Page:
The Twitter Typo That Exposed Anthony Weiner

The Twitter Typo That Exposed Weiner

The R-rated revelation from Rep. Anthony Weiner (D-N.Y.) that may wreck his marriage, ruin his career and destroy his reputation appears to be the result of a one-letter typo: "@" instead of "D."

Weiner, who admitted Monday to posting a lewd photo of his bulging briefs on Twitter, is hardly a social media newbie. Dubbed a "technophile" by The New York Times, Weiner has been an avid tweeter: he posts to the social networking service multiple times a day, writes from his BlackBerry, makes generous use of hashtags to add color to his tweets, and frequently engages his followers in one-on-one conversations.

And that's exactly where his problems began. He committed a rookie mistake on the social networking service by fumbling Twitter's Direct Message (DM) feature -- used to send private messages between two Twitter users -- turning a private missive into a public tweet.

"Last Friday night, I tweeted a photograph of myself that I intended to send as a direct message as part of a joke to a woman in Seattle," Weiner admitted during a press conference Monday, adding he deeply regrets the way he has used Twitter to date.

He is hardly the first to fall victim to a "DM fail," as this type of error is known on Twitter: Economist Nouriel Roubini tweeted -- then deleted -- an insult that was presumably meant for a DM conversation, saying of a reporter, "Off the record […] he is a loser and like all parasite losers he hopes for attention and traffic."

So if a social media savvy politician who's helped shape net neutrality legislation can't quite keep Twitter straight, what's everyone else to do? What can others learn from Weiner's Twitter troubles?

Privacy experts say that Weinergate underscores the importance of users understanding these social networking sites for what they are: social platforms meant to help people connect with one another, broadcast their ideas and create stores of personal information online. Services like Facebook, Twitter and YouTube are built for sharing, not secrets.

"Twitter was not really designed for privacy. If you do not want it public, don't put it on Twitter," said Chet Wisniewski, a security expert who writes for a blog run by Sophos, a software provider. "People shouldn't consider social networks a place to communicate private things. ... These services are designed to share, and privacy is a second consideration."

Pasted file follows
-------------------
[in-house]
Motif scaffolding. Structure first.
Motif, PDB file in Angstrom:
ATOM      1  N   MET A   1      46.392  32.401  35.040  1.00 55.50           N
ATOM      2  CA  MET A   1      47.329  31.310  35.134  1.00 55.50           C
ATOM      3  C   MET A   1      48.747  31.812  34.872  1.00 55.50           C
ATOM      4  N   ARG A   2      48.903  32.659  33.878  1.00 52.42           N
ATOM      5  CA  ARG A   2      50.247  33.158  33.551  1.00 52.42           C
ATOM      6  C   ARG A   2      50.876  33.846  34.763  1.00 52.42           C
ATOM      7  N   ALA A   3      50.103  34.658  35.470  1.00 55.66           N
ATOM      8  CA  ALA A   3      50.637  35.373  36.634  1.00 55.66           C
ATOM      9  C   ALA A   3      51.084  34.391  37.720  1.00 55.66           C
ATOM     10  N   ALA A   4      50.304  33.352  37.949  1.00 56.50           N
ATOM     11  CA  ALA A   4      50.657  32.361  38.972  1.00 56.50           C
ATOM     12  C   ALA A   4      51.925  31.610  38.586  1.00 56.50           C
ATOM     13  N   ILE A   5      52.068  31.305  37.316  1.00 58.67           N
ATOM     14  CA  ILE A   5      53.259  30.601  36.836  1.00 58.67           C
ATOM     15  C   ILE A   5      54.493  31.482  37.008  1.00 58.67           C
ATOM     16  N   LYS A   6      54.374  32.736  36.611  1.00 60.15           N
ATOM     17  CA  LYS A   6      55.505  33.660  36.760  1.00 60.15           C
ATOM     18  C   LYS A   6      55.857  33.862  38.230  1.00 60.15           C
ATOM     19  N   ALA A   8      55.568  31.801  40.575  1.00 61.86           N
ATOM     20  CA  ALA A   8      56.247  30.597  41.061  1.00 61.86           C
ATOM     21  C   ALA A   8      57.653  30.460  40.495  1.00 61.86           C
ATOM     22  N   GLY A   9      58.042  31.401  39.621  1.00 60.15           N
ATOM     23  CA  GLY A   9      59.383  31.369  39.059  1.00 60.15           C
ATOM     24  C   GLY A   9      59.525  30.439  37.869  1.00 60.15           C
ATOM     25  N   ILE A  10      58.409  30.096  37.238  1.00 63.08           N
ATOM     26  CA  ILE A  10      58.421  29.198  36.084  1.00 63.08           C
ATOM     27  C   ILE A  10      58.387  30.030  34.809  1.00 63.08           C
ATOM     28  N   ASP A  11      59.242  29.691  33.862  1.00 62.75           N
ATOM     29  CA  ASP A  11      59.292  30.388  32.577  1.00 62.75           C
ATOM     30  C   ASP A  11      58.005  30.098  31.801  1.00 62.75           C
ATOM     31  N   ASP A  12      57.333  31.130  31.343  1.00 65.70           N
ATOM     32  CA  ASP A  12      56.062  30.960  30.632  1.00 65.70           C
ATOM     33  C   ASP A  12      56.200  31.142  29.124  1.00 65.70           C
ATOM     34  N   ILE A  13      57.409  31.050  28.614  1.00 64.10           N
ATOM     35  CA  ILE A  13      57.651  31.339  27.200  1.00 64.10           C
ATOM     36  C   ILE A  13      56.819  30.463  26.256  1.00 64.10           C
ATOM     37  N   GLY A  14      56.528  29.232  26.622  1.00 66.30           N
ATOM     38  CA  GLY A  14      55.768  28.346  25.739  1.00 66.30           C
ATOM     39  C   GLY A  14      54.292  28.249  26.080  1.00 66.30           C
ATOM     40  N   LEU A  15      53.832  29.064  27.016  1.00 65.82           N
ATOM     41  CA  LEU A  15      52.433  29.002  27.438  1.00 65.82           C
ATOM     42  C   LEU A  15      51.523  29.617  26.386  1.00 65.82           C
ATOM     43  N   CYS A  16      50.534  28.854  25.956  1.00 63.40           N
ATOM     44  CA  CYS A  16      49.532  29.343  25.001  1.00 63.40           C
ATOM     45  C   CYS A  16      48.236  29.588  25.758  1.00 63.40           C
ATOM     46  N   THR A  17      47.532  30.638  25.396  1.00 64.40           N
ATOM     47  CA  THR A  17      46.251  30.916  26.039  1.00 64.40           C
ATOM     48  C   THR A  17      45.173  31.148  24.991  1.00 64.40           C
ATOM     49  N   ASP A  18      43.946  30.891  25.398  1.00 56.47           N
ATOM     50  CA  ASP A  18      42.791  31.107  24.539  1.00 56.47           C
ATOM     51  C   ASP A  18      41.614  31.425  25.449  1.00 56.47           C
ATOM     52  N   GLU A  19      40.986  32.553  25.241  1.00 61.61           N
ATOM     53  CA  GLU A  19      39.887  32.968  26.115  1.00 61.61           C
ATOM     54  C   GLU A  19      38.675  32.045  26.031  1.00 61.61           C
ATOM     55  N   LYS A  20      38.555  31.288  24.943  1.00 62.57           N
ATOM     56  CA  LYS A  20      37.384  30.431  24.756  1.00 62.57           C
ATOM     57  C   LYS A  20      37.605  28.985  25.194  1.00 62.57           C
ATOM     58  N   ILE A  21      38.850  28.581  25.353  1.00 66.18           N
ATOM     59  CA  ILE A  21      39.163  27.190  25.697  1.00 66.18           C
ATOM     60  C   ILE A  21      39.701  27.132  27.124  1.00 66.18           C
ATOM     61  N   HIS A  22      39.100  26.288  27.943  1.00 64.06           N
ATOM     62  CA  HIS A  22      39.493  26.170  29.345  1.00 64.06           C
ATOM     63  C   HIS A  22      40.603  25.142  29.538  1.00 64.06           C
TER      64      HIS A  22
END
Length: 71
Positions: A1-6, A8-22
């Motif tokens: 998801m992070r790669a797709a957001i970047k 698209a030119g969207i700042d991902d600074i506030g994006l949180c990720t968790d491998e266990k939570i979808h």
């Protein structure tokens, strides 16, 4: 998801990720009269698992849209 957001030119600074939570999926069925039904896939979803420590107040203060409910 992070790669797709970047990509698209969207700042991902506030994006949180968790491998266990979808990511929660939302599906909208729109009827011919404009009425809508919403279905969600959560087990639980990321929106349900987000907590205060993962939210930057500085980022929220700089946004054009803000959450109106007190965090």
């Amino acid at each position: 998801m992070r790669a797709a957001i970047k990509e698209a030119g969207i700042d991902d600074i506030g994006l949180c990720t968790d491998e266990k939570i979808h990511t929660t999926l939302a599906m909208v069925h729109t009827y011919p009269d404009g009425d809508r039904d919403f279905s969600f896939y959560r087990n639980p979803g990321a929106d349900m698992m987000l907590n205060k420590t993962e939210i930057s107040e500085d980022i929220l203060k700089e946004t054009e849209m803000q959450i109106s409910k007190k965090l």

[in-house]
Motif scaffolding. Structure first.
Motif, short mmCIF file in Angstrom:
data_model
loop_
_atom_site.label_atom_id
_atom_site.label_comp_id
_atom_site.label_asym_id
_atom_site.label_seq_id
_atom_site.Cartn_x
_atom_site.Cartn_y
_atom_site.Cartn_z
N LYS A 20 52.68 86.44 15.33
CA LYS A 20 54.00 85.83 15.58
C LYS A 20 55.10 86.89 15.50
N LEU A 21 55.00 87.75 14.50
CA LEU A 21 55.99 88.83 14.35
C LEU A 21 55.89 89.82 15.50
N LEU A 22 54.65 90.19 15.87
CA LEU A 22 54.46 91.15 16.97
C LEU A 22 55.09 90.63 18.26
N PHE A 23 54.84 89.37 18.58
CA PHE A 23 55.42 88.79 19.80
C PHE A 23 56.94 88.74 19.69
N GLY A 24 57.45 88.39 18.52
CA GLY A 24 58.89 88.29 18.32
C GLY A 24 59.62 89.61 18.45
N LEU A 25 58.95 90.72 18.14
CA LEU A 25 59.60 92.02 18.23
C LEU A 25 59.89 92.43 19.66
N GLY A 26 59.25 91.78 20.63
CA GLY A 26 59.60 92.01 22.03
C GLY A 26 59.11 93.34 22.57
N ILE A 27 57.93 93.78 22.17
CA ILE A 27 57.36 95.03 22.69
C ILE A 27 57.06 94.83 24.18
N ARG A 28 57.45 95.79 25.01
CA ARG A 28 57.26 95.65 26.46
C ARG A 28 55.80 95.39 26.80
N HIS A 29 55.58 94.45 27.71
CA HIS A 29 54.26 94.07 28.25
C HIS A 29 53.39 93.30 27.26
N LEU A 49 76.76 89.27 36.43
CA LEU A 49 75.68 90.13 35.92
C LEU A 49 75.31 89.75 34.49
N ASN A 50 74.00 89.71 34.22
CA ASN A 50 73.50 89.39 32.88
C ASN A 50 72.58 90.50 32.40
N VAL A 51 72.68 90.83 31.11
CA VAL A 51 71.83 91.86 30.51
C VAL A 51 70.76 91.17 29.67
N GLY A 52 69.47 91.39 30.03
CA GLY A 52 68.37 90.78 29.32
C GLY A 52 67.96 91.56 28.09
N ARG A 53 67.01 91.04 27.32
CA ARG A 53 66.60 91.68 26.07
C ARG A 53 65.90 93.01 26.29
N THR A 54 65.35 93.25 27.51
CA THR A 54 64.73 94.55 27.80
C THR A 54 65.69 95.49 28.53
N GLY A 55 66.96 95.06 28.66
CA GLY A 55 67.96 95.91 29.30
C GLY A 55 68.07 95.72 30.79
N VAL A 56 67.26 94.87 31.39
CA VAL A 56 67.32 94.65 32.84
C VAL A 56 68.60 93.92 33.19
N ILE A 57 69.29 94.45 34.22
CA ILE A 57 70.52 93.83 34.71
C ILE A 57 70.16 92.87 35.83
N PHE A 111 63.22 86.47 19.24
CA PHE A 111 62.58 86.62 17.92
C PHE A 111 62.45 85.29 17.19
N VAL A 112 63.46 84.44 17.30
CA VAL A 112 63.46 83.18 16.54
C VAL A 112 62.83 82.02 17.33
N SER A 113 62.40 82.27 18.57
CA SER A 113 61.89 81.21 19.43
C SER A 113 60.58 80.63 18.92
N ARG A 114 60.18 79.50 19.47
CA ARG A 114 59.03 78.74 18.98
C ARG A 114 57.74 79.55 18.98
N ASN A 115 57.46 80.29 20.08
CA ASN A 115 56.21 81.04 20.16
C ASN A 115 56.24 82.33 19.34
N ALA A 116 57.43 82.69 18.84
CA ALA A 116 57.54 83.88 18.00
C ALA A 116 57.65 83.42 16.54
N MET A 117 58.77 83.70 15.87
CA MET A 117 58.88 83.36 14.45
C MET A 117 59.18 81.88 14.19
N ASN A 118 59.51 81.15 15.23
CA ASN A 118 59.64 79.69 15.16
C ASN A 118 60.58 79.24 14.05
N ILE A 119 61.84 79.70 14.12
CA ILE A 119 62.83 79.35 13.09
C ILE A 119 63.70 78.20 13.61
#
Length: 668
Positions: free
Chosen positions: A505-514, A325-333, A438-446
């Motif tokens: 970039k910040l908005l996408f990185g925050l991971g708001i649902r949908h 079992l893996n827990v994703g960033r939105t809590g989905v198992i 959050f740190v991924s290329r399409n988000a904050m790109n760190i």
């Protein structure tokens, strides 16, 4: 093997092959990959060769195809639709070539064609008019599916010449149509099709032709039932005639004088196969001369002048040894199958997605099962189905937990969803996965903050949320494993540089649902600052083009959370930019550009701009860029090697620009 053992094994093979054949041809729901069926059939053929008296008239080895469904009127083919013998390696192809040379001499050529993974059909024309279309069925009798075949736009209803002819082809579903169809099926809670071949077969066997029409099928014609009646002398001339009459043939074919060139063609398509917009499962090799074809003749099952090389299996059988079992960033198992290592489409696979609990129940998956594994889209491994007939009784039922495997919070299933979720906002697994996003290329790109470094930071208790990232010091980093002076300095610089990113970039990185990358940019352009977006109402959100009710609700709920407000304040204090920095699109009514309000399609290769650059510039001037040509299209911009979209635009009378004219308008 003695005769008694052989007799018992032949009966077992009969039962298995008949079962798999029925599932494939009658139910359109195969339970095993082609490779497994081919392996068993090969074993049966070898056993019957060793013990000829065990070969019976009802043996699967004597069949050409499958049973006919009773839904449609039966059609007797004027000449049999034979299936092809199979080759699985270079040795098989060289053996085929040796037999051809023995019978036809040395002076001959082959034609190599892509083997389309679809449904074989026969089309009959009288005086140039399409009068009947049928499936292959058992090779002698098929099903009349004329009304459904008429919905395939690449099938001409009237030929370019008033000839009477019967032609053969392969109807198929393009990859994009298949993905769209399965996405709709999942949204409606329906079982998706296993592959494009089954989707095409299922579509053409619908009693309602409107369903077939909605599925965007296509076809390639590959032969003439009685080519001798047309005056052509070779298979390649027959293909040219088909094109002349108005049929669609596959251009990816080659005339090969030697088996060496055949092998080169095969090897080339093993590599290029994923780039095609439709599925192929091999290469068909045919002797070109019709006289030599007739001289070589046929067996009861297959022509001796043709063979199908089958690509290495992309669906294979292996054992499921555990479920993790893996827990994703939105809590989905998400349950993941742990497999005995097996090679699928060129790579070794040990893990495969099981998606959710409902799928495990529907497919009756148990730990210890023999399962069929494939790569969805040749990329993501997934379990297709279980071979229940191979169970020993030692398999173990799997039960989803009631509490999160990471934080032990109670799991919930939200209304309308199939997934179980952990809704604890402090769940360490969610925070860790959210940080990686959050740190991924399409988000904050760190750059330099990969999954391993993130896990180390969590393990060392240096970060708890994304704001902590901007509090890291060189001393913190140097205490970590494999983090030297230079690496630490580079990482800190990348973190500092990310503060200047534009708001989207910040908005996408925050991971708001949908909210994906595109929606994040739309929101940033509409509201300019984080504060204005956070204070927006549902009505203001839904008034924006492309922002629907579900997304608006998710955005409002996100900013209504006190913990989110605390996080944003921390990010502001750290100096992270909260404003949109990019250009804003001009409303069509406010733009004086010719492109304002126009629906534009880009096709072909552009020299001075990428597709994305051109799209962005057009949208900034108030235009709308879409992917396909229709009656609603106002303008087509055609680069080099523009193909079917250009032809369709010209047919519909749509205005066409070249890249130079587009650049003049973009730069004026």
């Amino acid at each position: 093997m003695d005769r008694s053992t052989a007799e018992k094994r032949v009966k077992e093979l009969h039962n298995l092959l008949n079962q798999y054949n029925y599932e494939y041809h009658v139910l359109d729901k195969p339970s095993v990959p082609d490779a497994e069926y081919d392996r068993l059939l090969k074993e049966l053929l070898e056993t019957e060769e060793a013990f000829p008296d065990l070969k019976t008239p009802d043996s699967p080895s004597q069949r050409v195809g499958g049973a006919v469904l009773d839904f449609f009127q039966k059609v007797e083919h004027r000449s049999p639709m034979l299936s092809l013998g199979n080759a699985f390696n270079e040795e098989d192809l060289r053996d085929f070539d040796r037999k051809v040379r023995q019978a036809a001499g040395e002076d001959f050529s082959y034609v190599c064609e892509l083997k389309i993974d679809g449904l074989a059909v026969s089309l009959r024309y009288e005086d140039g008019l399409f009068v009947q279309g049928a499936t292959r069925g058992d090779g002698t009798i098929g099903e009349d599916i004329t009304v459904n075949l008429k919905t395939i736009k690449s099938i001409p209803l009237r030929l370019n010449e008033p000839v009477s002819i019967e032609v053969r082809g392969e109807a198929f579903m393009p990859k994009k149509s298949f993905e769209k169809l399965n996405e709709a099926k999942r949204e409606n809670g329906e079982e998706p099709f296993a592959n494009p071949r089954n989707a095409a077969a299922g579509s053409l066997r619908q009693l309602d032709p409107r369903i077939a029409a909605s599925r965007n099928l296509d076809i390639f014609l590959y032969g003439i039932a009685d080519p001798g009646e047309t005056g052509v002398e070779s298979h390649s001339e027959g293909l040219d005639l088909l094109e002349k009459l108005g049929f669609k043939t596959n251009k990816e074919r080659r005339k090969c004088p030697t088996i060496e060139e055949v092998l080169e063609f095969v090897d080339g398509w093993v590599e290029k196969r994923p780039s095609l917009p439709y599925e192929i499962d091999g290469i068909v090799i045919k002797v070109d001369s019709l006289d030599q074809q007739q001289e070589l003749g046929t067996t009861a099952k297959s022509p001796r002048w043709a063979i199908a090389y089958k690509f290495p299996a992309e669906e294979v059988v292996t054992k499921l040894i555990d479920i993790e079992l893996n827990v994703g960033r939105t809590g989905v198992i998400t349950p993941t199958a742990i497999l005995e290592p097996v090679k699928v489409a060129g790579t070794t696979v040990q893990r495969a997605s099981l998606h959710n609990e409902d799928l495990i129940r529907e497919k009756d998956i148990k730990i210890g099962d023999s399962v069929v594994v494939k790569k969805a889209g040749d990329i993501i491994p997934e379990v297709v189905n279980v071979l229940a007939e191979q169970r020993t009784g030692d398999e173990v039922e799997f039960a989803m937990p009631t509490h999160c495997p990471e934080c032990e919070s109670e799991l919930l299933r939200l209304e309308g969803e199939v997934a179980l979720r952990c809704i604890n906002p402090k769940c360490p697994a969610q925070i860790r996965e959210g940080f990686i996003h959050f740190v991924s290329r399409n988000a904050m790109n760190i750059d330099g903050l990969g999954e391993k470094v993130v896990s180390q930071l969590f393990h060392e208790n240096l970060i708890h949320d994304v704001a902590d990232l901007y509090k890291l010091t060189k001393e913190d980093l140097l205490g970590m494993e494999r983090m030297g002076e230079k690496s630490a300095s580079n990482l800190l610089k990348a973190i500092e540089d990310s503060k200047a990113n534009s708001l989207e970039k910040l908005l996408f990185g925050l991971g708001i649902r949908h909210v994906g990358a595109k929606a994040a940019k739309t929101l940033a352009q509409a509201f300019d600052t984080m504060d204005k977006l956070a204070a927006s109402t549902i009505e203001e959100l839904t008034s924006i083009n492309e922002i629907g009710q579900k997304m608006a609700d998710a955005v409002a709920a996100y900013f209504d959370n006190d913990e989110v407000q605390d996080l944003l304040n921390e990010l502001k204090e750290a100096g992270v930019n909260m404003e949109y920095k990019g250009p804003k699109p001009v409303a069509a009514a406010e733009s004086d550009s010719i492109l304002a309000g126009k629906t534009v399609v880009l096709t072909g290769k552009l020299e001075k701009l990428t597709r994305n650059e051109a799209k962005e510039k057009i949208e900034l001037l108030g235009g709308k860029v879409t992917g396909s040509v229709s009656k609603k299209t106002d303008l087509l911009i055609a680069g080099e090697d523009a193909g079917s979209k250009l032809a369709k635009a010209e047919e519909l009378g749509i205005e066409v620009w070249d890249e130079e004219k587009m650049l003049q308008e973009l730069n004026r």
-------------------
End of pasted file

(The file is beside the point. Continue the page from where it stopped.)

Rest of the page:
In Weiner's defense, it's extremely easy to slip-up and turn a private Twitter message into a public posting. Weiner apparently confused a DM with an "@ mention," a public Twitter post directed at a specific user but visible to anyone on the service.

To send a DM to a Twitter follower using TweetDeck, the Twitter application Weiner was reportedly using when he sent the fateful photo, a user prefaces a tweet with the letter D, followed by the Twitter username of the person he or she wants to communicate with privately (e.g. "D bbosker"). To send an @ mention, a user would preface a tweet with the @ symbol followed by the Twitter username of the person he or she wants to converse with in a targeted, but public, way (e.g. "@ bbosker").

Michael Fertik, CEO of, which helps people manage their online reputations, says the accidental exposure of messages that were meant to be private happens "millions of times a day."

Not only can human error lead to embarrassing disclosures, but technical troubles have been known to expose Twitter DMs in the past. For example, security flaws with third party Twitter applications, such as GroupTweet, have revealed users' direct messages on several occasions. And last year, Twitter settled Federal Trade Commission charges that it put its customers' privacy at risk -- and compromised "nonpublic user information" -- due to "lapses in the company's data security."

Weiner also got himself into trouble by using a a photo-sharing service, yFrog, that makes photos posted to the service public.

The National Journal explained:

yFrog (and other popular Twitter photo-sharing services, like Twitpic, for that matter) display photos in a timeline format. So anyone who ventured to this site (before Weiner deleted all of his photos) could have simply clicked through and seen all the photos he uploaded, regardless of whether or not they were publicly tweeted.

Among the other lapses in judgment of which Weiner stands accused, he might consider reflecting on one more: blaming hackers for his own mistake.

Weiner initially chalked up the crotch-shot photo to a "hacker," whom Weiner claimed had cracked his account. That accusation came on the heels of some of the most serious computer security breaches in history: Over 100 million customers had their personal information compromised after cyber attackers infiltrated Sony's PlayStation Network servers; Epsilon suffered an attack that revealed the names, email addresses, and more of millions of people; and just days after Weiner's underwear appeared, Gmail accounts belonging to hundreds of users -- among them senior U.S. officials -- were breached by hackers.

Weiner is the "boy who cried hack." His blame game is concerning to some security experts, who fear accusations of this kind could take attention away from the seriousness of the threat from cyber attackers.

"I personally thought it was distasteful," said Wisniewski of Weiner's hacker claims. "We have enough real cybercrime going on in today's world, we don't need to confuse it by blaming accidents, mistakes and security lapses with the real thing."

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